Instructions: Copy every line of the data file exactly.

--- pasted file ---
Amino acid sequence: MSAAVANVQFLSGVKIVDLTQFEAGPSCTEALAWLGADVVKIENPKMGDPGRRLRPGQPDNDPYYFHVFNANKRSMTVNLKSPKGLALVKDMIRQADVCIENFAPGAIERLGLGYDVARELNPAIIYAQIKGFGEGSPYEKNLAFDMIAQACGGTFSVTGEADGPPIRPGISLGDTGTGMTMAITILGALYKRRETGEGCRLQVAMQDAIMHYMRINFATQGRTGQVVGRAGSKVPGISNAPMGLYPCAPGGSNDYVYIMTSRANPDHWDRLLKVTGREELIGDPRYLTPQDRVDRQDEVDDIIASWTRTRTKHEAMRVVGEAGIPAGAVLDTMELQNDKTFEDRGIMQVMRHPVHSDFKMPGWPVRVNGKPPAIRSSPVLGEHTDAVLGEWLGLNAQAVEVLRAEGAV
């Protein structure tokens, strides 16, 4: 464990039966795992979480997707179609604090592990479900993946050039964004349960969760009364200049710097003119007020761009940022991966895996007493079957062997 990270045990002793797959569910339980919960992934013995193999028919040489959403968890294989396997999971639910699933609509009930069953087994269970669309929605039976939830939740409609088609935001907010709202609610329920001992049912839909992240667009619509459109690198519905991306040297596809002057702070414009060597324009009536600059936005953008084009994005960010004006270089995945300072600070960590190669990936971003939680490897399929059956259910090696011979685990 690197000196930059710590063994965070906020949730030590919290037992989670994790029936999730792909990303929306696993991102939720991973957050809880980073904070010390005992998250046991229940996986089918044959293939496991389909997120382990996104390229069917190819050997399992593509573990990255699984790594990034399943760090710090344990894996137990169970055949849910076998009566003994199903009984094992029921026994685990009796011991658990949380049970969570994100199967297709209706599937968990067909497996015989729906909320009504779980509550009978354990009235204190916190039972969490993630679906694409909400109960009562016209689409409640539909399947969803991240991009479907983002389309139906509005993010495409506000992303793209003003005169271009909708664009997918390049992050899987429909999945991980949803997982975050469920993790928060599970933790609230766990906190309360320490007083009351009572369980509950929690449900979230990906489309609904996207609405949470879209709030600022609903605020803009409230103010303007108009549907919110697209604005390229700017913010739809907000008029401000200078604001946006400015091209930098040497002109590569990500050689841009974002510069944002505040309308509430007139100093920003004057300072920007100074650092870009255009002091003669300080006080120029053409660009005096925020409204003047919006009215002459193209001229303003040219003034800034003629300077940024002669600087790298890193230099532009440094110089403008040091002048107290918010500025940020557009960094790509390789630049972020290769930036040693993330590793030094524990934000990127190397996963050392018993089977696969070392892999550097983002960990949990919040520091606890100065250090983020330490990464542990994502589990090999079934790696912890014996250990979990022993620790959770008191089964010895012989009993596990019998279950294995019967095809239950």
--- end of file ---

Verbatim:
Amino acid sequence: MSAAVANVQFLSGVKIVDLTQFEAGPSCTEALAWLGADVVKIENPKMGDPGRRLRPGQPDNDPYYFHVFNANKRSMTVNLKSPKGLALVKDMIRQADVCIENFAPGAIERLGLGYDVARELNPAIIYAQIKGFGEGSPYEKNLAFDMIAQACGGTFSVTGEADGPPIRPGISLGDTGTGMTMAITILGALYKRRETGEGCRLQVAMQDAIMHYMRINFATQGRTGQVVGRAGSKVPGISNAPMGLYPCAPGGSNDYVYIMTSRANPDHWDRLLKVTGREELIGDPRYLTPQDRVDRQDEVDDIIASWTRTRTKHEAMRVVGEAGIPAGAVLDTMELQNDKTFEDRGIMQVMRHPVHSDFKMPGWPVRVNGKPPAIRSSPVLGEHTDAVLGEWLGLNAQAVEVLRAEGAV
């Protein structure tokens, strides 16, 4: 464990039966795992979480997707179609604090592990479900993946050039964004349960969760009364200049710097003119007020761009940022991966895996007493079957062997 990270045990002793797959569910339980919960992934013995193999028919040489959403968890294989396997999971639910699933609509009930069953087994269970669309929605039976939830939740409609088609935001907010709202609610329920001992049912839909992240667009619509459109690198519905991306040297596809002057702070414009060597324009009536600059936005953008084009994005960010004006270089995945300072600070960590190669990936971003939680490897399929059956259910090696011979685990 690197000196930059710590063994965070906020949730030590919290037992989670994790029936999730792909990303929306696993991102939720991973957050809880980073904070010390005992998250046991229940996986089918044959293939496991389909997120382990996104390229069917190819050997399992593509573990990255699984790594990034399943760090710090344990894996137990169970055949849910076998009566003994199903009984094992029921026994685990009796011991658990949380049970969570994100199967297709209706599937968990067909497996015989729906909320009504779980509550009978354990009235204190916190039972969490993630679906694409909400109960009562016209689409409640539909399947969803991240991009479907983002389309139906509005993010495409506000992303793209003003005169271009909708664009997918390049992050899987429909999945991980949803997982975050469920993790928060599970933790609230766990906190309360320490007083009351009572369980509950929690449900979230990906489309609904996207609405949470879209709030600022609903605020803009409230103010303007108009549907919110697209604005390229700017913010739809907000008029401000200078604001946006400015091209930098040497002109590569990500050689841009974002510069944002505040309308509430007139100093920003004057300072920007100074650092870009255009002091003669300080006080120029053409660009005096925020409204003047919006009215002459193209001229303003040219003034800034003629300077940024002669600087790298890193230099532009440094110089403008040091002048107290918010500025940020557009960094790509390789630049972020290769930036040693993330590793030094524990934000990127190397996963050392018993089977696969070392892999550097983002960990949990919040520091606890100065250090983020330490990464542990994502589990090999079934790696912890014996250990979990022993620790959770008191089964010895012989009993596990019998279950294995019967095809239950």